In alphabetical order for your convenience.
[Also see Jonah Raskin’s “Top 11 criminals of 2020” on The Rag Blog.]
2020 has been the year of the collective, often unheralded, hero. Still, some individuals have stood out. This list reflects the anonymous, the famous, and the infamous.
Stacey Abrams, lawyer and more, who has aimed to expand the electorate and prevent the reintroduction of Jim Crow. Supports abolition of cash bail, abolition of the death penalty, widening Medicaid, and decriminalizing possession of small amounts of marijuana.
José Ramón Andrés, born in Spain in ’69, founded World Central Kitchen in 2010. Since then he has provided tens of thousands of healthy meals to people affected by disasters, from Haiti to Peru and Cuba to Cambodia. An outspoken critic of Trump, Andrés starred in his own cooking show, Vamos a Cocinar, which debuted in 2005.
Anonymous U.S. poll watchers, ballot counters and state election officials who were not intimidated by the White House and its lawyers, and who helped safeguard the millions of votes that were cast to rid Trump from the White House.
Rana Ayyub, thirty-six-year-old journalist and one of India’s best-known investigative reporters, relentlessly pursued authoritarian President Narendra Modi and his aides. As a Muslim from Mumbai, she has lived on the country’s sectarian divide and has dared to uncover political corruption.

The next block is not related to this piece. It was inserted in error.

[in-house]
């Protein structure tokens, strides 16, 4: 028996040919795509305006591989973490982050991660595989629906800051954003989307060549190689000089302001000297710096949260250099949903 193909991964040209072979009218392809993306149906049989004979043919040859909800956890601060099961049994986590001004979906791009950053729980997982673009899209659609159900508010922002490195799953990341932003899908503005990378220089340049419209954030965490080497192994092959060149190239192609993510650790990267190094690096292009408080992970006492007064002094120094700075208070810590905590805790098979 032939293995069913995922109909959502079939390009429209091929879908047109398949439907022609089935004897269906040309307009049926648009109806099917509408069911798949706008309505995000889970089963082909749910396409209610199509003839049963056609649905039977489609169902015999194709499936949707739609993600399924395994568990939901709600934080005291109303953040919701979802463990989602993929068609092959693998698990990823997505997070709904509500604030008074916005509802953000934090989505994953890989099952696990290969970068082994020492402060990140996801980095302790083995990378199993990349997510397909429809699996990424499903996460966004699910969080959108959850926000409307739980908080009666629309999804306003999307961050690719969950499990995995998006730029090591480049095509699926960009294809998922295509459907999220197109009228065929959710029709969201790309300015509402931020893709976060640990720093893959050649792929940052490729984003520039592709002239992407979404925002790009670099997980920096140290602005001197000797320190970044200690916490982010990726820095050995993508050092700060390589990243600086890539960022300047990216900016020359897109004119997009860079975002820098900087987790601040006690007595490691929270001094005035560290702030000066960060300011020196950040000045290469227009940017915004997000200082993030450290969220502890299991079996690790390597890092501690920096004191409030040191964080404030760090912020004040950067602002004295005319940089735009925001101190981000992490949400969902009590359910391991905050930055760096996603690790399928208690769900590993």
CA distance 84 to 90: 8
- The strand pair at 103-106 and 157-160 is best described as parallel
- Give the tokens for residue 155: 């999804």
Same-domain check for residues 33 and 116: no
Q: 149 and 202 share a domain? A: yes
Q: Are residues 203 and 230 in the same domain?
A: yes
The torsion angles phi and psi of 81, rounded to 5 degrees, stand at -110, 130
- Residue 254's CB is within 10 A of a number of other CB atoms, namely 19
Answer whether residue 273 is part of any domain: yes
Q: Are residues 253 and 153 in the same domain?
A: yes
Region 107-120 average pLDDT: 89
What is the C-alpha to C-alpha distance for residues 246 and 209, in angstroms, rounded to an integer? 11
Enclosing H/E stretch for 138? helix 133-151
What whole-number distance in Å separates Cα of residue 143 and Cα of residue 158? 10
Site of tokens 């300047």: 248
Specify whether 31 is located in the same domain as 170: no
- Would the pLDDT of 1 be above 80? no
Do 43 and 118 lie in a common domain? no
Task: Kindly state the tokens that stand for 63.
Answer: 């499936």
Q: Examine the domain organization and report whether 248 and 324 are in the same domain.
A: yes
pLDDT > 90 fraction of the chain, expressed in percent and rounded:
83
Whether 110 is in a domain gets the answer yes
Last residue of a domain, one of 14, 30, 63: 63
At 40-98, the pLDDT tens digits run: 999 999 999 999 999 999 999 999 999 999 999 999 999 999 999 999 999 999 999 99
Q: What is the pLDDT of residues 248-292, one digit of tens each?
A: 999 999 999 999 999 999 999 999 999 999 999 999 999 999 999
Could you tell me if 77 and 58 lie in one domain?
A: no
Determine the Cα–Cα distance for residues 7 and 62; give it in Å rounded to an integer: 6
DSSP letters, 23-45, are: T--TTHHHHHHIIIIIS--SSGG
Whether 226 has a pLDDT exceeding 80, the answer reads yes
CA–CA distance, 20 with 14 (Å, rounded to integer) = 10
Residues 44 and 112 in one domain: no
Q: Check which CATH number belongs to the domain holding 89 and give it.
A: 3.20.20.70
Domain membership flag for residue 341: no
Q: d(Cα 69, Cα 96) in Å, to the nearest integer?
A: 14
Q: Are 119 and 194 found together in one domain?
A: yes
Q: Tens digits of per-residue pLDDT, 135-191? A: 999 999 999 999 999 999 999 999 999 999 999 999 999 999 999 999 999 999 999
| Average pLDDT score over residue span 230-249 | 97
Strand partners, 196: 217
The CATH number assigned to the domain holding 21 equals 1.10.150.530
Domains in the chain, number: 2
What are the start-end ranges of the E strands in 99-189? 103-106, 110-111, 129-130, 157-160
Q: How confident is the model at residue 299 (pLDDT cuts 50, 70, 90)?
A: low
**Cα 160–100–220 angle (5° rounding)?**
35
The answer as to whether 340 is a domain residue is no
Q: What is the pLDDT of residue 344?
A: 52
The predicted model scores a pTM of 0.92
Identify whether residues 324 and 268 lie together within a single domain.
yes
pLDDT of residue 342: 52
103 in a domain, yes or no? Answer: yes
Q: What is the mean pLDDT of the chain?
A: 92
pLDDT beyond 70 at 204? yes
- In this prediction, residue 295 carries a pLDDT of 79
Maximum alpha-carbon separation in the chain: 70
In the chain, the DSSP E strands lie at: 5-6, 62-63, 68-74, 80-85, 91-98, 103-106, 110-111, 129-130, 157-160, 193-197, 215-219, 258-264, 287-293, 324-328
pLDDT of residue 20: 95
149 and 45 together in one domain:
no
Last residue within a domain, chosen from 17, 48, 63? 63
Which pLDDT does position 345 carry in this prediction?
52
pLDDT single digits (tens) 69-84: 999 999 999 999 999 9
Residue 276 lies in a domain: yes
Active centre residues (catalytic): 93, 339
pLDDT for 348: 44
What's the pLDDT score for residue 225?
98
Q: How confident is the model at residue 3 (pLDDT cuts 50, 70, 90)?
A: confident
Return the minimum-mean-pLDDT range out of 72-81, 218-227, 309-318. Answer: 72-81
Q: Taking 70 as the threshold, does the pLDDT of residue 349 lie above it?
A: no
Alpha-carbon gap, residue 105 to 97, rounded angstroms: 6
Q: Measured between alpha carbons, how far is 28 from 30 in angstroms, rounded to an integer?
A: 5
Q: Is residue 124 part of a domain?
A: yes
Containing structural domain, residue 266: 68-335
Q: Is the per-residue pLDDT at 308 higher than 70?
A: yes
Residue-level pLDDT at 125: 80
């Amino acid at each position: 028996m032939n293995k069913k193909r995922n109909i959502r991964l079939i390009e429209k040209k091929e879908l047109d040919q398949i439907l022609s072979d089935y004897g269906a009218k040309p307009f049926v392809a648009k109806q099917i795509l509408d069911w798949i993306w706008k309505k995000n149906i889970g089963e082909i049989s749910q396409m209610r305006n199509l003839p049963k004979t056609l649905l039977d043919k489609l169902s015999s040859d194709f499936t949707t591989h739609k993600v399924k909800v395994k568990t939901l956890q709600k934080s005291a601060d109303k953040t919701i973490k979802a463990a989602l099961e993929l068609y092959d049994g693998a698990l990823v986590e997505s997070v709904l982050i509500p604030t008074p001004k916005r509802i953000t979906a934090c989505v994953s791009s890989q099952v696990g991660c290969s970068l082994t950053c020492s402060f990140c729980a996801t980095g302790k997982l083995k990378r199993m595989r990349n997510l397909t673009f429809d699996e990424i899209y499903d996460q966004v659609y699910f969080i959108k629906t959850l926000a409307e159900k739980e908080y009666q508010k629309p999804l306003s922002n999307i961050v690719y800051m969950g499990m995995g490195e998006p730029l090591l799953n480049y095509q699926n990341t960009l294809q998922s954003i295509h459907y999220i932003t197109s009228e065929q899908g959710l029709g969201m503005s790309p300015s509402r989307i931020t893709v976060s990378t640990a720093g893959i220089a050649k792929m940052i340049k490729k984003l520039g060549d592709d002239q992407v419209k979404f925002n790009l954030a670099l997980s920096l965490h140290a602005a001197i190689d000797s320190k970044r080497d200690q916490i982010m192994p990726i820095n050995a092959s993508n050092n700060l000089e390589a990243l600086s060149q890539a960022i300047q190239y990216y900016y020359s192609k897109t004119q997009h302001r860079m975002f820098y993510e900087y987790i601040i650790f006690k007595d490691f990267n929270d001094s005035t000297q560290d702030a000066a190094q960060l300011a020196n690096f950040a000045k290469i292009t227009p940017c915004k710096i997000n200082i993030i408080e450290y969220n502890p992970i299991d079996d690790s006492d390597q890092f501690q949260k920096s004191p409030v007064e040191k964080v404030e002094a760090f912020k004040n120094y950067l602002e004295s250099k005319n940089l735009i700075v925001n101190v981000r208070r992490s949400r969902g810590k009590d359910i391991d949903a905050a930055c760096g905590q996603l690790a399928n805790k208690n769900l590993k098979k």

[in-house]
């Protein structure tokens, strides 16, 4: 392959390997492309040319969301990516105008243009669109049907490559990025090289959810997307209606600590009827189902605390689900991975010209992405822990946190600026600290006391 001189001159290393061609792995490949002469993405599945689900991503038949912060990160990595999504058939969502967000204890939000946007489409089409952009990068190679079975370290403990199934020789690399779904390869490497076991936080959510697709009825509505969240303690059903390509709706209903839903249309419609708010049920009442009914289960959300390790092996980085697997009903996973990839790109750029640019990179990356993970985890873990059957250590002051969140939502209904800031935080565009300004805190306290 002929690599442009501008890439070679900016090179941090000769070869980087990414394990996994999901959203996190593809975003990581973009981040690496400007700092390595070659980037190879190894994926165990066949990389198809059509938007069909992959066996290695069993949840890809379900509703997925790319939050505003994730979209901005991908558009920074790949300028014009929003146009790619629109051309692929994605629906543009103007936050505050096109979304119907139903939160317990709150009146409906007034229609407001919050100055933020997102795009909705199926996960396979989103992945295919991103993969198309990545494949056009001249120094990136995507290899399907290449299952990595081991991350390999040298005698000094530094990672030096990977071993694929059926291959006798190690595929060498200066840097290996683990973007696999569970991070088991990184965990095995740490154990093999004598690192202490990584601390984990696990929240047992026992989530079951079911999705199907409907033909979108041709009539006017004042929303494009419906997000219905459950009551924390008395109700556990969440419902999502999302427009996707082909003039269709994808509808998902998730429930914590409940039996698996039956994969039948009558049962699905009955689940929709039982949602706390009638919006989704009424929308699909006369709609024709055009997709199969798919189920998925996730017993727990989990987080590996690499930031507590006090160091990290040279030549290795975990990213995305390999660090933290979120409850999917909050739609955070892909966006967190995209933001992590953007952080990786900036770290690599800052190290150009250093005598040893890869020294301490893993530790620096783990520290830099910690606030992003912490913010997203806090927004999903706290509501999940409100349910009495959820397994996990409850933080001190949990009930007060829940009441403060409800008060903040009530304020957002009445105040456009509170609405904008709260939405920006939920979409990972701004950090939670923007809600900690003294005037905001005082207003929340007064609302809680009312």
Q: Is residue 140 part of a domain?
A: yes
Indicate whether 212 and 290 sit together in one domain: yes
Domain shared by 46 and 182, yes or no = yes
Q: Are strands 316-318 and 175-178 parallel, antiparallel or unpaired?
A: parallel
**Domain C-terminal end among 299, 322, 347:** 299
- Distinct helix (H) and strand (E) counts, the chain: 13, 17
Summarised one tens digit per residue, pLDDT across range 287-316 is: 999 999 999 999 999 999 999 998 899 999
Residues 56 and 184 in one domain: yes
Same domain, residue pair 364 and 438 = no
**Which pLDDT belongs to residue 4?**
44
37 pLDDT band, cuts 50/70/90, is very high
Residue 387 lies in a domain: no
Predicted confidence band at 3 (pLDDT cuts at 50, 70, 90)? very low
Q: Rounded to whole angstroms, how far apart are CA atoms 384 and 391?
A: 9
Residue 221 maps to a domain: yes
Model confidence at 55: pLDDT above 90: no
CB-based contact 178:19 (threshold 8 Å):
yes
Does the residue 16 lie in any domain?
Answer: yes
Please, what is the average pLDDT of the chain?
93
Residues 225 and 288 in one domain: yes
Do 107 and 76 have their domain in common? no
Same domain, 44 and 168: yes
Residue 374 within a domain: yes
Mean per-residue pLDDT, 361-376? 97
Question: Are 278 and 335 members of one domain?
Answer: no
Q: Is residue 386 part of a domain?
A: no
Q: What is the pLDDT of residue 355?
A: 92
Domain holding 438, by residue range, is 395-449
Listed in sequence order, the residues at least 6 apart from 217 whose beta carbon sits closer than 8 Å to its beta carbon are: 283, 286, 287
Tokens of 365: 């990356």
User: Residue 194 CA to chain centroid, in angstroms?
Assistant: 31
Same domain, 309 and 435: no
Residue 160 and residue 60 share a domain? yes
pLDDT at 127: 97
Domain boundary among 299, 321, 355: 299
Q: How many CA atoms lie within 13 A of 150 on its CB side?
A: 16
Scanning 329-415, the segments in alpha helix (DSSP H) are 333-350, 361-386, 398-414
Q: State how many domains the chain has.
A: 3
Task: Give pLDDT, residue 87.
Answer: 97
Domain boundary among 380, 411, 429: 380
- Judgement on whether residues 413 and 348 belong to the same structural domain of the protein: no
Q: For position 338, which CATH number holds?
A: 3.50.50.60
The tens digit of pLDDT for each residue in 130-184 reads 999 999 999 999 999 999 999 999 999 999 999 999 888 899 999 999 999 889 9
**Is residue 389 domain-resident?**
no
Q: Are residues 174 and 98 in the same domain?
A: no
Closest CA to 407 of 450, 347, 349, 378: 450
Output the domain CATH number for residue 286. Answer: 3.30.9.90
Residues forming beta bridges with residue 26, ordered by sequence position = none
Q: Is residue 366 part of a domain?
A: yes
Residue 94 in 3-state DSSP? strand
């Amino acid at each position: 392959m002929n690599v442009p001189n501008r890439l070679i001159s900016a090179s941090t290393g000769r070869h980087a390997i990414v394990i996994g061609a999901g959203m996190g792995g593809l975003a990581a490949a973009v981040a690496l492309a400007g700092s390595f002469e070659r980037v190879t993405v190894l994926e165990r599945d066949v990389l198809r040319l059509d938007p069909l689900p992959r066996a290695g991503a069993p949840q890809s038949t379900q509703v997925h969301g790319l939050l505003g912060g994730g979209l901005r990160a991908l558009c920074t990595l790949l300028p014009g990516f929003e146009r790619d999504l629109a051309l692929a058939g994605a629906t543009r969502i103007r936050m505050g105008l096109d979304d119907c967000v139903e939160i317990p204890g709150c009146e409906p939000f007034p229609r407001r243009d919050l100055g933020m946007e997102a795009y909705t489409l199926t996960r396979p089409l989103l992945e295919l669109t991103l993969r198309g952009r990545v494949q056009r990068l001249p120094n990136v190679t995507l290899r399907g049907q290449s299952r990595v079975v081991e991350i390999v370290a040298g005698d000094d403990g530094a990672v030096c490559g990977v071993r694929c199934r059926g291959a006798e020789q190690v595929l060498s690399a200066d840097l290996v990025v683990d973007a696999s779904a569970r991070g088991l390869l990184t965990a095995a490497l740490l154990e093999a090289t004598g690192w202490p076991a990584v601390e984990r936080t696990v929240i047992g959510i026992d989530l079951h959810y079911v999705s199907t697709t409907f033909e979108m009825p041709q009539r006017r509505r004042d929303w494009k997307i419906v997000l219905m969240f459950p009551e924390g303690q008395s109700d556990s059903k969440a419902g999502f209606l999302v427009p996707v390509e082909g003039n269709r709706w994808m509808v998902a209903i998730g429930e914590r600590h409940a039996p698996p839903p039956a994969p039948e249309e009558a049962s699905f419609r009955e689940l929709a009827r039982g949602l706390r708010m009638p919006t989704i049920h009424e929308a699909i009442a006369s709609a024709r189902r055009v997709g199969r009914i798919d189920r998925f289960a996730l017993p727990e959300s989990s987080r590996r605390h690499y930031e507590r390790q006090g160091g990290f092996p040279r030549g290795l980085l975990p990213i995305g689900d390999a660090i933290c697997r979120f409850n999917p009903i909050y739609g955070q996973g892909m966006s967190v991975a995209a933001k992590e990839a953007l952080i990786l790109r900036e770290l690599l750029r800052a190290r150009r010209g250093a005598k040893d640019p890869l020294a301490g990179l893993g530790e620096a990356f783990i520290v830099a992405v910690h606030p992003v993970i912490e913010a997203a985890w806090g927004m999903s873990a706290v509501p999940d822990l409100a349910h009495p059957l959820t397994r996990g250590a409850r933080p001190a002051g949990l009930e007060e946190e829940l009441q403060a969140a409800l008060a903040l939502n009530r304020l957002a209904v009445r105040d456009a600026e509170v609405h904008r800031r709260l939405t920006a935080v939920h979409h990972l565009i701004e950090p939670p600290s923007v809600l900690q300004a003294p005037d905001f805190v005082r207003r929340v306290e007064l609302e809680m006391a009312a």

Black Lives Matter brought light to the nation during some of the darkest days of the Trump administration and the COVID-19 pandemic. Though BLM, which advocated nonviolent civil disobedience, began after the murder of Trayvon Martin in 2012, it didn’t coalesce and expand globally until George Floyd’s murder in 2020.
Dr. Anthony Fauci, 79, probably didn’t need to tangle with the president, but he did and put science before Trump’s misinformation and disinformation campaign about Covid-19. Fauci spoke truth to power and helped save lives.
George Floyd, 46-year-old African-American murdered in Minneapolis, made news around the world and sparked protests against police brutality. A rapper known as “Big Floyd,” he gave his life for the cause. His spirit goes marching on.
Health workers all across the world who aimed to save lives and protect people threatened by COVID-19. Kudos also to the essential workers, custodians, and men and women on farms and ranches who harvested crops and fed the nation during the pandemic.
John Lewis, Georgia Congressman, son of sharecroppers, Freedom Rider, and chairman of the Student Nonviolent Coordinating Committee (SNCC), stood with MLK and brought the cause of civil rights into the twenty-first century.
The National Organization for the Reform of Marijuana Laws (NORML) celebrated its 50th anniversary in 2020. No group has done more to normalize and legalize weed and keep citizens informed.
Adam Schiff, California Democrat, has long been a thorn in the side of Trump, especially during the impeachment inquiry. Though he voted for the invasion of Iraq in 2003 he has since regretted his stance. He has time to grow.
Greta Thunberg, 17-year-old Swedish teenager, who sounded alarms about global climate change, sailed the Atlantic, took her message to the United Nations, and called upon members of the older generations to play their part.
[Jonah Raskin is the author of For the Hell of It: The Life and Times of Abbie Hoffman recently translated into French and published in France under the title, Pour le plaisir de faire la révolution.]